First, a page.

NEP 2020 envisages clear, separate systems for policymaking, regulation, operations, and academic matters. States/UTs will set up an independent State School Standards Authority (SSSA). Transparent public self-disclosure of all the basic regulatory information, as laid down by the SSSA, will be used extensively for public oversight and accountability. The SCERT will develop a School Quality Assessment and Accreditation Framework (SQAAF) through consultations with all stakeholders.
National Education Policy: Higher Education
The New Education Policy has a great vision for the Higher Education sector as well.
Increase GER to 50 % by 2035
NEP 2020 aims to increase the Gross Enrolment Ratio in higher education including vocational education from 26.3% (2018) to 50% by 2035. 3.5 Crore new seats will be added to Higher education institutions.
Holistic Multidisciplinary Education
The policy envisages broad-based, multi-disciplinary, holistic Undergraduate education with flexible curricula, creative combinations of subjects, integration of vocational education, and multiple entries and exit points with appropriate certification. UG education can be of 3 or 4 years with multiple exit options and appropriate certification within this period. For example, a Certificate after 1 year, Advanced Diploma after 2 years, a Bachelor’s Degree after 3 years, and a Bachelor’s with Research after 4 years.
An Academic Bank of Credit is to be established for digitally storing academic credits earned from different HEIs so that these can be transferred and counted towards the final degree made.
Multidisciplinary Education and Research Universities (MERUs), at par with IITs, and IIMs, to be set up as models of the best multidisciplinary education of global standards in the country.
The National Research Foundation will be created as an apex body for fostering a strong research culture and building research capacity across higher education.
The Higher Education Commission of India(HECI) will be set up as a single overarching umbrella body for the entire higher education, excluding medical and legal education. HECI to have four independent verticals – the National Higher Education Regulatory Council (NHERC) for regulation, the General Education Council (GEC ) for standard-setting, the Higher Education Grants Council (HEGC) for funding, and the National Accreditation Council( NAC) for accreditation.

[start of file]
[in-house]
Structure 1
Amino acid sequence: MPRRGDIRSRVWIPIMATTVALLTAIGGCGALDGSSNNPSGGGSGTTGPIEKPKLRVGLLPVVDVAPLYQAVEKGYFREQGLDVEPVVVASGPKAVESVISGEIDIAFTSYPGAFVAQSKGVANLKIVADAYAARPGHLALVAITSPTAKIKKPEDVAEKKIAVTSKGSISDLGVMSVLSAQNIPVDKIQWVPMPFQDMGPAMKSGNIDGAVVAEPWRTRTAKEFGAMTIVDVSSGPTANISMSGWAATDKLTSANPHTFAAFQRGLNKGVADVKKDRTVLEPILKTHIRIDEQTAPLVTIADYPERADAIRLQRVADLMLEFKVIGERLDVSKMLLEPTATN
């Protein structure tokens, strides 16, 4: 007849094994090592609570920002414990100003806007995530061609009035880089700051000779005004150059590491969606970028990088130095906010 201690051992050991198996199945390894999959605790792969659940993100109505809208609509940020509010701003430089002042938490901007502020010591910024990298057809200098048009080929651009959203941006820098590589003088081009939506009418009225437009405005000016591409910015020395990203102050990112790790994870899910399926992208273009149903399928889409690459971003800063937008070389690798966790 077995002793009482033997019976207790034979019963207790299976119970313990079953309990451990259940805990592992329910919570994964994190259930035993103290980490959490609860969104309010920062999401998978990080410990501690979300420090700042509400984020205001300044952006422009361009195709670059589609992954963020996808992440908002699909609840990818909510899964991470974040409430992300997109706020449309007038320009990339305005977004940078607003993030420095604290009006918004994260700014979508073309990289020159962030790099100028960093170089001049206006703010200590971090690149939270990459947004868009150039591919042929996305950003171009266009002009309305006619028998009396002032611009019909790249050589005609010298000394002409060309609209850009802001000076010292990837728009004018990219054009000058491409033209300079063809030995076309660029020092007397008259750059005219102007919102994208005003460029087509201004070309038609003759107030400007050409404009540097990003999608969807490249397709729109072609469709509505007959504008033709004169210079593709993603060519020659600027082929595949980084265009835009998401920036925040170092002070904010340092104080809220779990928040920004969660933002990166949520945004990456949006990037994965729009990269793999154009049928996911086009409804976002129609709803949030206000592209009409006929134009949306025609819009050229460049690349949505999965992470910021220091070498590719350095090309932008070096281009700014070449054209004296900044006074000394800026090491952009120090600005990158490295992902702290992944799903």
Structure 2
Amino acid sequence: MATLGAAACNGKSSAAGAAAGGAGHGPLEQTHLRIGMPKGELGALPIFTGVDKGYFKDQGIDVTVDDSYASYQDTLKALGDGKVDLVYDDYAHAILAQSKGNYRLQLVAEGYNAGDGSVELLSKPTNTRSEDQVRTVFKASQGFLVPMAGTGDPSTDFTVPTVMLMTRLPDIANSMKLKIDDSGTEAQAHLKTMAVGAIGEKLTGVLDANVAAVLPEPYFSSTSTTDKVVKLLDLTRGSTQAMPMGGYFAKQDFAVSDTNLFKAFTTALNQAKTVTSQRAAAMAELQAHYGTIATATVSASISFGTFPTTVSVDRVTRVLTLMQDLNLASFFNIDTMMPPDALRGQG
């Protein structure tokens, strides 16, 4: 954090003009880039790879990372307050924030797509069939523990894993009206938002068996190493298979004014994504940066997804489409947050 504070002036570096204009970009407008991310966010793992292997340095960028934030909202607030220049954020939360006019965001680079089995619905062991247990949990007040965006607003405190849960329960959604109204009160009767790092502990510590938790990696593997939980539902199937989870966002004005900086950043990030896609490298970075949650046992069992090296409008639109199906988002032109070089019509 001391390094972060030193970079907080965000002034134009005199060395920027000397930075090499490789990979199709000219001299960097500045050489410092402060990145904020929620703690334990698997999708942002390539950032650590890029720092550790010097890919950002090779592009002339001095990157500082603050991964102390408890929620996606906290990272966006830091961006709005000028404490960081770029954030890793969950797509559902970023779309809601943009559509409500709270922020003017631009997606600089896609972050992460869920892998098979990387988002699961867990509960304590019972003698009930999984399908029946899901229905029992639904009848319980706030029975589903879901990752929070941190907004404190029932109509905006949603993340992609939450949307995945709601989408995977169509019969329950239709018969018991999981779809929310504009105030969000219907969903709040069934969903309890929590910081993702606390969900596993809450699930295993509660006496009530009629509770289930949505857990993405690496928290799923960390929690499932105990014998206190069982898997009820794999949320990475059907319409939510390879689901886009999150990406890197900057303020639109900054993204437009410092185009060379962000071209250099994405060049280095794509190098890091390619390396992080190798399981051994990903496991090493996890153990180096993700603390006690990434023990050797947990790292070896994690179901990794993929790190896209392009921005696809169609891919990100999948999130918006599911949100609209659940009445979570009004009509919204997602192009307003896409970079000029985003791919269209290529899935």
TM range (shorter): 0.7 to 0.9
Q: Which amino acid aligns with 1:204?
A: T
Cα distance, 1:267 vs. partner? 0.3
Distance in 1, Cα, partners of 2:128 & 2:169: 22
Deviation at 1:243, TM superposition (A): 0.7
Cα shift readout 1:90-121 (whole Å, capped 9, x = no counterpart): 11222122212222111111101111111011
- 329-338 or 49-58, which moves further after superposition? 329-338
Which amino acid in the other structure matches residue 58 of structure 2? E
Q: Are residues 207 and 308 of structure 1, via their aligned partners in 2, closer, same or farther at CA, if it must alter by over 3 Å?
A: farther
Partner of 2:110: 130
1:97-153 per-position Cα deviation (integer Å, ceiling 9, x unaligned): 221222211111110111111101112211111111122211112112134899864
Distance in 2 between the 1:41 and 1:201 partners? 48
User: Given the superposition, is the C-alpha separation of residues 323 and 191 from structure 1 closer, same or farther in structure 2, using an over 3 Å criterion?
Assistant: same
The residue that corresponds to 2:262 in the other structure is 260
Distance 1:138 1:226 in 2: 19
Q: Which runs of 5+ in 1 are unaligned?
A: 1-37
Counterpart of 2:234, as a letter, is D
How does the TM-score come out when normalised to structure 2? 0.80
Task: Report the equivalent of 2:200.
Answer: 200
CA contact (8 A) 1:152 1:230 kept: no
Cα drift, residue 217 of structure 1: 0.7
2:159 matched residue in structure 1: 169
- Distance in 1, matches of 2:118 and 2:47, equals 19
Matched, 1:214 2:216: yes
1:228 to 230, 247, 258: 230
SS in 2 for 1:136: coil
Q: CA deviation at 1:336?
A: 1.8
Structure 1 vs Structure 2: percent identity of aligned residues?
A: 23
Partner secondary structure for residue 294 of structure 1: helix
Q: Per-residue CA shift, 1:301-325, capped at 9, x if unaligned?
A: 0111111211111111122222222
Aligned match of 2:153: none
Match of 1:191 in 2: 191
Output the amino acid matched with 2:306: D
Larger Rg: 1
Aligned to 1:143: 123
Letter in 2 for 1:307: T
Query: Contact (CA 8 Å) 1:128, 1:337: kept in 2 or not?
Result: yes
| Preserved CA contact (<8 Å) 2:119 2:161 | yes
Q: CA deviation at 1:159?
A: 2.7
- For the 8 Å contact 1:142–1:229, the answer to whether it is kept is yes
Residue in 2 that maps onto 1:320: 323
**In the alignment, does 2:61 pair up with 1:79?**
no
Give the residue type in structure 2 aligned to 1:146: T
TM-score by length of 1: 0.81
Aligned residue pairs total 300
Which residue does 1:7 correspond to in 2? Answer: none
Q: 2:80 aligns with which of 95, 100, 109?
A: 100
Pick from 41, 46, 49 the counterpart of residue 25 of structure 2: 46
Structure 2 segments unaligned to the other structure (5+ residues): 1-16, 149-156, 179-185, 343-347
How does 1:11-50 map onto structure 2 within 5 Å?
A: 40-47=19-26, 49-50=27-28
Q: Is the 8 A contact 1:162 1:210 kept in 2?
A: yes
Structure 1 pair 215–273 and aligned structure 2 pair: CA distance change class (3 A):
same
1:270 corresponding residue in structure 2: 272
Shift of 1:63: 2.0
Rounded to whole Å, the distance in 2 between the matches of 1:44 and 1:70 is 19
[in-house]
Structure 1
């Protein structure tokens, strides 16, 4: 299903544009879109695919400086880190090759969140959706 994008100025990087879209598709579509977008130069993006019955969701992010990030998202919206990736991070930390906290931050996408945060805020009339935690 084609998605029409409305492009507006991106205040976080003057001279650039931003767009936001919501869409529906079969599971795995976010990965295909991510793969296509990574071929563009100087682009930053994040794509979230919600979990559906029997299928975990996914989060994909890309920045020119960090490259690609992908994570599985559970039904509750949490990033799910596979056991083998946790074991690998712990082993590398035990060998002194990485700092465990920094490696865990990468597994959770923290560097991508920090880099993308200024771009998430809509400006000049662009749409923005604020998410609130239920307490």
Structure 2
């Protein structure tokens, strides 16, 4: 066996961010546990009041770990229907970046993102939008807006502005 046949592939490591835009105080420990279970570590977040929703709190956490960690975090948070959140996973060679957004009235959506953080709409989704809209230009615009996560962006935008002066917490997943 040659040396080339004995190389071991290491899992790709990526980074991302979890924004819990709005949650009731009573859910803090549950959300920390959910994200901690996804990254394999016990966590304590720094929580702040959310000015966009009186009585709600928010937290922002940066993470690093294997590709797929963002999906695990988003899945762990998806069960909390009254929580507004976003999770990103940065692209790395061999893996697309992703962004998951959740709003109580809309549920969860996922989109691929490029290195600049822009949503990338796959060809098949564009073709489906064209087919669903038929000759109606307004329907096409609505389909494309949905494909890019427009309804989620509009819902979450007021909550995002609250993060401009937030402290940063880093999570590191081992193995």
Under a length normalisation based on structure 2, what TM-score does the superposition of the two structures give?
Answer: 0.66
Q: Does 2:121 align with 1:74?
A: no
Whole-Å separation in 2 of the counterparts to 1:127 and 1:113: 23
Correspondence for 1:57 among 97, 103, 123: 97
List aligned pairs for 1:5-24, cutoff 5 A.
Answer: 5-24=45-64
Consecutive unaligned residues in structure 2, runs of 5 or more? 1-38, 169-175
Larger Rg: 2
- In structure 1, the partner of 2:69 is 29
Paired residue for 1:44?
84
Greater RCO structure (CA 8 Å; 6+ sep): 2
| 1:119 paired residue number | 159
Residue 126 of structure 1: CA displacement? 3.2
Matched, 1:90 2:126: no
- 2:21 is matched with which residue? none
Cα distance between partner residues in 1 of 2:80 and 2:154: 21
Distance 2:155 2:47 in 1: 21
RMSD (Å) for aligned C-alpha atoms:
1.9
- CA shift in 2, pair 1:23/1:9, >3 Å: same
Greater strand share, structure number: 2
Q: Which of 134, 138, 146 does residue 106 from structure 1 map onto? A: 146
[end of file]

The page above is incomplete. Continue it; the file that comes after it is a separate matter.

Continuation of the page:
HECI will function through faceless intervention through technology, & will have powers to penalize HEIs not conforming to norms and standards. Public and private higher education institutions will be governed by the same set of norms for regulation, accreditation, and academic standards.
Rationalized Institutional Architecture
Higher education institutions will be transformed into large, well-resourced, vibrant multidisciplinary institutions providing high-quality teaching, research, and community engagement. The definition of the university will allow a spectrum of institutions that range from research-intensive Universities to Teaching-intensive Universities and Autonomous degree-granting Colleges.
Affiliation of colleges is to be phased out in 15 years and a stage-wise mechanism is to be established for granting graded autonomy to colleges. Over a period of time, it is envisaged that every college would develop into either an Autonomous degree-granting College or a constituent college of a university.
Motivated, Energized, and Capable Faculty
NEP makes recommendations for motivating, energizing, and building the capacity of faculty through clearly defined, independent, transparent recruitment, freedom to design curricula/pedagogy, incentivizing excellence, and movement into institutional leadership. Faculty not delivering on basic norms will be held accountable
A new and comprehensive National Curriculum Framework for Teacher Education, NCFTE 2021, will be formulated by the NCTE in consultation with NCERT. By 2030, the minimum degree qualification for teaching will be a 4-year integrated B.Ed. degree. Stringent action will be taken against substandard stand-alone Teacher Education Institutions (TEIs).
A National Mission for Mentoring will be established, with a large pool of outstanding senior/retired faculty – including those with the ability to teach in Indian languages – who would be willing to provide short and long-term mentoring/professional support to university/college teachers.
Financial support for students
Efforts will be made to incentivize the merit of students belonging to SC, ST, OBC, and other SEDGs. The National Scholarship Portal will be expanded to support, foster, and track the progress of students receiving scholarships. Private HEIs will be encouraged to offer larger numbers of free ships and scholarships to their students.